To make the photo print Easter eggs you will need a dozen eggs, photos that you love, an inkjet printer, masking tape, and tissues (the kind you sneeze on).

Hard boil your eggs and let completely cool. Meanwhile, tape a piece of tissue onto a normal printer paper. Tape all the way around the tissue – being sure not to leave an end unattached. Use the tissue taped paper to print your photos onto. As long as it is taped fully around, the paper should run right through any inkjet printer.

Cut around the photo shapes, no need to be exact, but get as close as possible. If the tissue is more than 1ply the bottom layers should slide away once the shape is cut out. Only apply the top layer of tissue to the eggs. Use a small brush to place Modge Podge on the egg and then the photo on top. Gently even out wrinkles with a finger and gently secure the ends with another layer of Modge Podge.

Let the eggs dry. Once the Modge Podge dries, the tissue layer is so thin you won’t be able to tell where the egg ends and the photo begins – the eggs look like portraits in themselves!

See the rest of the creative egg series right here.

Posted March 11, 2013 45 Comments
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A Dozen Easter Countdown Eggs

Easter countdown eggs are the perfect excuse to make something pretty this month. Make a dozen of them for your kids, a friend, or even yourself, and enjoy an exciting 12 days counting down this spring. Paint the eggs in pretty hues and label each egg with a number or date.

Fill each egg with a fun gift to be cracked open each day. Include simple pom poms chicks for kids, bells, money, and/or sweets. Small notes of encouragement would be great to include for a friend. Single out one egg as special by filing it with a fun outing (a pedicure perhaps!). Fill the eggs with sweet love notes and special surprises for a husband. Encouragement for a coworker, sweet Easter memories for a mom – anything that can fit inside will do!

To make the countdown Easter eggs you’ll need a dozen eggs, a sharp knife, paints, confetti, and fun prizes to fill the inside with. Tap bottom of egg with sharp knife, slowly chip the eggshell away until the hole is large enough for gift. Drain each egg, rinse and let dry. Carefully fill hollowed out egg with gift and confetti paper “grass”.

Cover the opening with washi tape and then paint/decorate!

Styling and photography by Carly Taylor for A Subtle Revelry.

Posted March 05, 2013 15 Comments
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Jeweled Easter Eggs

I realize it’s a bit early to be talking bunnies and Easter, but the natural beauty of these jeweled eggs is so pretty I found it necessary to share. They will fit in perfectly at any spring brunch whether bunnies are present or not.

I love the idea of keeping eggs natural and adding elements from your personal craft selection to make them special. These ones are made with linen, tape, and jewels. They are as refined as they are festive – for a design friendly take on the old egg decorating tradition.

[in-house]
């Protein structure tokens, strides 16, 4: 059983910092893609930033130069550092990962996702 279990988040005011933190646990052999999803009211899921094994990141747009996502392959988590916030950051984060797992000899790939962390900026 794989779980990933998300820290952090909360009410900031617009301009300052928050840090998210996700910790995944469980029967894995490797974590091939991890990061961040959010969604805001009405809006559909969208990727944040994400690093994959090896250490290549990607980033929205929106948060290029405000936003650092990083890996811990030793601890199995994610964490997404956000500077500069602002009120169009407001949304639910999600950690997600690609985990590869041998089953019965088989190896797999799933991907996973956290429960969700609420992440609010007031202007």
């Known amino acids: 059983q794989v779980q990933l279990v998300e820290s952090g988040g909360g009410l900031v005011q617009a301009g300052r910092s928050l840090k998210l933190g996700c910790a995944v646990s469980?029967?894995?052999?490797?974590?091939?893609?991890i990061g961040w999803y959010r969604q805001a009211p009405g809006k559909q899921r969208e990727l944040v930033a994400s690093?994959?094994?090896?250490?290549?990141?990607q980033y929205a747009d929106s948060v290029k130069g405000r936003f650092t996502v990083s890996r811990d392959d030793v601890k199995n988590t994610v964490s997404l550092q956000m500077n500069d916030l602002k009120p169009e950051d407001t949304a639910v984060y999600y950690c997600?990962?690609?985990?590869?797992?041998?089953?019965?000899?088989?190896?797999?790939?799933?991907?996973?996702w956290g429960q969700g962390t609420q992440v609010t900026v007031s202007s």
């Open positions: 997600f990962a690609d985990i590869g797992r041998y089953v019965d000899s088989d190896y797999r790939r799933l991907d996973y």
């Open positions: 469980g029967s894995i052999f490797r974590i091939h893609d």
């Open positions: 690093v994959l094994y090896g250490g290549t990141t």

To make your own version of these jeweled eggs, wind small beads around thin jewelry wire and wrap gently around the eggs. Accent various eggs with ribbon, buttons, linen, and tape for a natural bohemian look.

Styling by You+Me, Photography by Trent Bailey for A Subtle Revelry.

Posted February 25, 2013 1 Comment
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Dyed heirloom Easter basket

Now that the twins are getting older, holidays are becoming much more fun. In my attempt to create celebrations they will remember and traditions that will last, the idea of crafting a heirloom Easter basket is prefect. I love taking time to make holiday pieces that will be able to be used year after year.

Using craft raffia dyed into several different hues, this beautifully woven basket has been given a festive and personal touch. Read on for the full tutorial.

The Easter basket started out as a pretty, but plain weaved basket. I see them often at the thrift stores around town. Plain woven baskets can be purchased incredibly cheap at craft stores as well. If you want to make the entire basket from hand, learn how to weave your own pine-needle and raffia baskets here. With a purchased basket, depending on the spacing between your layers you may be able to simply dye the raffia and wrap it with the basket together. I had to take mine apart.

After the raffia has been dyed into pretty colors or purchased as colored raffia, begin by separating the basket layers. Decide on a good spacing to wrap the first layer and be consistent moving up the basket. Re-wrap the corners and leave two tails of raffia hanging off each corner to reconnect the layers. Move around the basket this way wrapping your way up. After you have all the layers wrapped it is time to reconnect your basket. Start at the top layer of the basket and using the tail corner ends of the raffia wrap each corner together, end with a tiny dab of glue to hold into place. Direct the raffia tails to end in the same direction on each wrap and end the connections a bit thinner as you move up to add consistency to the layers.

PS. Found these amazing raffia woven shoes, next project perhaps!?!

Posted March 27, 2012 8 Comments